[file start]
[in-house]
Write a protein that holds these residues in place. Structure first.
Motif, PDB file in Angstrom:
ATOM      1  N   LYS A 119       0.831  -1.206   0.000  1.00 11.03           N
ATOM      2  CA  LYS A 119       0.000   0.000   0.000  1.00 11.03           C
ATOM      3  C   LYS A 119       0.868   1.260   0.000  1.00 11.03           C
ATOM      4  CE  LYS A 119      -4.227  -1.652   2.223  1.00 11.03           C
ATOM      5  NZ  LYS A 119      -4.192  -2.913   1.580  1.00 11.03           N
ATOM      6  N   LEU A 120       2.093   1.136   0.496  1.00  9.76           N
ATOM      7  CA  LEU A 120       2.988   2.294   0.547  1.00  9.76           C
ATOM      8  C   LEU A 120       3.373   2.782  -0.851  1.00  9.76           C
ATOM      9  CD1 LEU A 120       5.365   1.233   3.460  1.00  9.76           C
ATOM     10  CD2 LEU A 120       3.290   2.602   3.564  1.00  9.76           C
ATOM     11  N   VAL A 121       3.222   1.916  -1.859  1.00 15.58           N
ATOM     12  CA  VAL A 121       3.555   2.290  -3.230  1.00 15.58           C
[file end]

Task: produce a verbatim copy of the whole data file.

[in-house]
Write a protein that holds these residues in place. Structure first.
Motif, PDB file in Angstrom:
ATOM      1  N   LYS A 119       0.831  -1.206   0.000  1.00 11.03           N
ATOM      2  CA  LYS A 119       0.000   0.000   0.000  1.00 11.03           C
ATOM      3  C   LYS A 119       0.868   1.260   0.000  1.00 11.03           C
ATOM      4  CE  LYS A 119      -4.227  -1.652   2.223  1.00 11.03           C
ATOM      5  NZ  LYS A 119      -4.192  -2.913   1.580  1.00 11.03           N
ATOM      6  N   LEU A 120       2.093   1.136   0.496  1.00  9.76           N
ATOM      7  CA  LEU A 120       2.988   2.294   0.547  1.00  9.76           C
ATOM      8  C   LEU A 120       3.373   2.782  -0.851  1.00  9.76           C
ATOM      9  CD1 LEU A 120       5.365   1.233   3.460  1.00  9.76           C
ATOM     10  CD2 LEU A 120       3.290   2.602   3.564  1.00  9.76           C
ATOM     11  N   VAL A 121       3.222   1.916  -1.859  1.00 15.58           N
ATOM     12  CA  VAL A 121       3.555   2.290  -3.230  1.00 15.58           C